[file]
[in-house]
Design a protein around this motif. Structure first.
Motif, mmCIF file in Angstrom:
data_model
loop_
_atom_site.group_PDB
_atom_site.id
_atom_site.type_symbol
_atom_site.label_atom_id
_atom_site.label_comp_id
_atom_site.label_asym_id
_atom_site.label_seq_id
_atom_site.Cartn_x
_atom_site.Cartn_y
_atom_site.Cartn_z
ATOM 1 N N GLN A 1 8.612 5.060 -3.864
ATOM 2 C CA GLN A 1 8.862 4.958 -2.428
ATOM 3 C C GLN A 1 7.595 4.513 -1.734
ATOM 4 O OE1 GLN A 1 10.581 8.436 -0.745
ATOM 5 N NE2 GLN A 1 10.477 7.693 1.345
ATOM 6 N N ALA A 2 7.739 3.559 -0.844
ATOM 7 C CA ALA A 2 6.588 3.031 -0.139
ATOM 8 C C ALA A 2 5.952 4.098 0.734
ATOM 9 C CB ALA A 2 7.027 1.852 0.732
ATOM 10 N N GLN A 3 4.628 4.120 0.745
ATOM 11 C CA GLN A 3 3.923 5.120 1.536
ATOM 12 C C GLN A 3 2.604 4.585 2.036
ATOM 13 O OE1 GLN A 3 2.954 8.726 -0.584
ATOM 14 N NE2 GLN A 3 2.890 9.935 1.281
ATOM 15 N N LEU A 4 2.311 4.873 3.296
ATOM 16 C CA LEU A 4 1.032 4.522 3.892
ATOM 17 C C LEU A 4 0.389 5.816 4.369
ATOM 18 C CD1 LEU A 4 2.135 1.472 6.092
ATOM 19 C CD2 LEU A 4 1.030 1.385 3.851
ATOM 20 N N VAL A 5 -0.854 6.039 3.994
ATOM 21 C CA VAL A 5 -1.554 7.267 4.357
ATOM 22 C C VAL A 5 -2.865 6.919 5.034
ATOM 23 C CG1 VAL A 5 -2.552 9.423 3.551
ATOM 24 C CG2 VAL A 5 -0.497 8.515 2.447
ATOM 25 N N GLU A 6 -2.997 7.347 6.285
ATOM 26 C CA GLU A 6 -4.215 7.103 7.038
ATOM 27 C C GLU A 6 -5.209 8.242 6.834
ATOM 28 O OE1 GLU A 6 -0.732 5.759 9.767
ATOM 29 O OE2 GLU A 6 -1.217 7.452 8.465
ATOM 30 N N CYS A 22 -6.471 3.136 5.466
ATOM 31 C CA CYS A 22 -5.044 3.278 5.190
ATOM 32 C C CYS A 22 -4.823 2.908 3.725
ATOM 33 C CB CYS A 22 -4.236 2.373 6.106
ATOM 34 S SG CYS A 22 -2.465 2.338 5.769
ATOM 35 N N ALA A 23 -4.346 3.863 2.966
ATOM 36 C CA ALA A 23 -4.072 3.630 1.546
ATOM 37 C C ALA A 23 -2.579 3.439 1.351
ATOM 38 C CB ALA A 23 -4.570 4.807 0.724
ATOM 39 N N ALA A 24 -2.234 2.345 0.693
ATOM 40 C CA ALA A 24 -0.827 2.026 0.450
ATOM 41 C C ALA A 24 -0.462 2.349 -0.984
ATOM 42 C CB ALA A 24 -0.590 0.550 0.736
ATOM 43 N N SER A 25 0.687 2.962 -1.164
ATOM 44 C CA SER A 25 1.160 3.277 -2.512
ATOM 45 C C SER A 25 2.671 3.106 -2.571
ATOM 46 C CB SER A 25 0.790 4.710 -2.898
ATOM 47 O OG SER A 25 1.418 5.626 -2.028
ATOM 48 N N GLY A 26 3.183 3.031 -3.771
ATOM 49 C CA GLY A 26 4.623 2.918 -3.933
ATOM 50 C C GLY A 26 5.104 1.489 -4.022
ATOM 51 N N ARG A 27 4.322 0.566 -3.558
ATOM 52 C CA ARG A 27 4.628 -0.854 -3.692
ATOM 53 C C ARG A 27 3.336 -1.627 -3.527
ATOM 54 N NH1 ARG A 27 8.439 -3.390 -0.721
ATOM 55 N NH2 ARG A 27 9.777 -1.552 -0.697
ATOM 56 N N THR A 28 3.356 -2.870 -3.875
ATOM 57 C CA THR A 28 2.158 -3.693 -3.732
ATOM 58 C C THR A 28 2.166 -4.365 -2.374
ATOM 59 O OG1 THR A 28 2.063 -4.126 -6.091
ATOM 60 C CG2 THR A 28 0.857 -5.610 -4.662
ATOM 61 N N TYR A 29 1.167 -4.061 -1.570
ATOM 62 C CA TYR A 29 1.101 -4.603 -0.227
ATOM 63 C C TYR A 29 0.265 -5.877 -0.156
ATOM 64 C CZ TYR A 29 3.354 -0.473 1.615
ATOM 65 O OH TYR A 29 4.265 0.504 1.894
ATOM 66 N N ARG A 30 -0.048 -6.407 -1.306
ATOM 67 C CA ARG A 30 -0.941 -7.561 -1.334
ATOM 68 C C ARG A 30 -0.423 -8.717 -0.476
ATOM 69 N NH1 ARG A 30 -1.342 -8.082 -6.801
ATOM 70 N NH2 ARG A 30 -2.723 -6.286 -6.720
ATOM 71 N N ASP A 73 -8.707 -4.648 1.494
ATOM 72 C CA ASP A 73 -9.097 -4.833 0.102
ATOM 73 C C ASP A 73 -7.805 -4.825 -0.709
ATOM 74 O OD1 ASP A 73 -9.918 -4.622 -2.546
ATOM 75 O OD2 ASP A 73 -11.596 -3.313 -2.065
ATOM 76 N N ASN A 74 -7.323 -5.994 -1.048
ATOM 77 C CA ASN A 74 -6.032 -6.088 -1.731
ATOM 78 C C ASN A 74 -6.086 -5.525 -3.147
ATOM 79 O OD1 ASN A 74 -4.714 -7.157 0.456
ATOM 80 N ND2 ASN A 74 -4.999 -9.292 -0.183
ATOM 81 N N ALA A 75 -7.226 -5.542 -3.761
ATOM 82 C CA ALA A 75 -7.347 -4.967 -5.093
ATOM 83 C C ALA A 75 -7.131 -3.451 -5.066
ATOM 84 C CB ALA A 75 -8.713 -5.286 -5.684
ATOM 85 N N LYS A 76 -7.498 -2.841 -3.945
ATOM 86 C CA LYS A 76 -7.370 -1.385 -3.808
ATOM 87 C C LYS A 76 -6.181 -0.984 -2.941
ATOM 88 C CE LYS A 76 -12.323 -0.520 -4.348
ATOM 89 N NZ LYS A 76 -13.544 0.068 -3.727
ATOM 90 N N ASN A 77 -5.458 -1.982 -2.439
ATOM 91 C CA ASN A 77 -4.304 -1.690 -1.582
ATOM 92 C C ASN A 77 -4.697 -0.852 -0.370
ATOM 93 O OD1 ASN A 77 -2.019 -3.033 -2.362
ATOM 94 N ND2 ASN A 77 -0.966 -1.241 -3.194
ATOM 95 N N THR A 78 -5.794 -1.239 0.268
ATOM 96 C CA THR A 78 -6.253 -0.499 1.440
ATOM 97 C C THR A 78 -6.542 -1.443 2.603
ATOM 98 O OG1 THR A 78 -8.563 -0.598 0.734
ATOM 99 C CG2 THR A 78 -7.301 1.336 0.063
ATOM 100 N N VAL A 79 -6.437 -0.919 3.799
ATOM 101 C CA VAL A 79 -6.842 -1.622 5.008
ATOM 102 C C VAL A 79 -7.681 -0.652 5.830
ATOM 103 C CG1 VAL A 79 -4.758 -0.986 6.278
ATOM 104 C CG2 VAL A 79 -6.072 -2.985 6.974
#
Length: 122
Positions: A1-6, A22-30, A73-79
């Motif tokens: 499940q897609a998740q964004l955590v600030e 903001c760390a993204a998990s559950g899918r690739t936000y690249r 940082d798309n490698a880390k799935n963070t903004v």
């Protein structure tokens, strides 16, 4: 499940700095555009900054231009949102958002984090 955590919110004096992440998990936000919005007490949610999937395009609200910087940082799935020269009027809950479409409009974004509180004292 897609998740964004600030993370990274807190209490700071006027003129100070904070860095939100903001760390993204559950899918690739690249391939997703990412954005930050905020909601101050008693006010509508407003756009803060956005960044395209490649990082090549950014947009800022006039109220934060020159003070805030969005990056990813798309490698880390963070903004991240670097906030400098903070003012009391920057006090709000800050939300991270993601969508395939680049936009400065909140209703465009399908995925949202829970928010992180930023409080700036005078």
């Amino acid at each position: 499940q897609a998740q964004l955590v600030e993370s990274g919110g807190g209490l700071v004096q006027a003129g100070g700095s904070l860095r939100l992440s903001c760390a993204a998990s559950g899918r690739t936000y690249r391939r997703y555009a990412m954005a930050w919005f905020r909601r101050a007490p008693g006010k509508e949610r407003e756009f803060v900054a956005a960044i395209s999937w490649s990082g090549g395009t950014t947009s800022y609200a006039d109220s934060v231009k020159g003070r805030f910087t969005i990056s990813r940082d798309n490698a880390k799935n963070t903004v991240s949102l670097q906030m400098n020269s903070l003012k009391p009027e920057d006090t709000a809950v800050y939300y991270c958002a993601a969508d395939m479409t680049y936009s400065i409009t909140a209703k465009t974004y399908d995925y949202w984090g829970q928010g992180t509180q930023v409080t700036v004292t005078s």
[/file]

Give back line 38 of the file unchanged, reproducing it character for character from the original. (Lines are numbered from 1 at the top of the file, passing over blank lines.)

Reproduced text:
ATOM 23 C CG1 VAL A 5 -2.552 9.423 3.551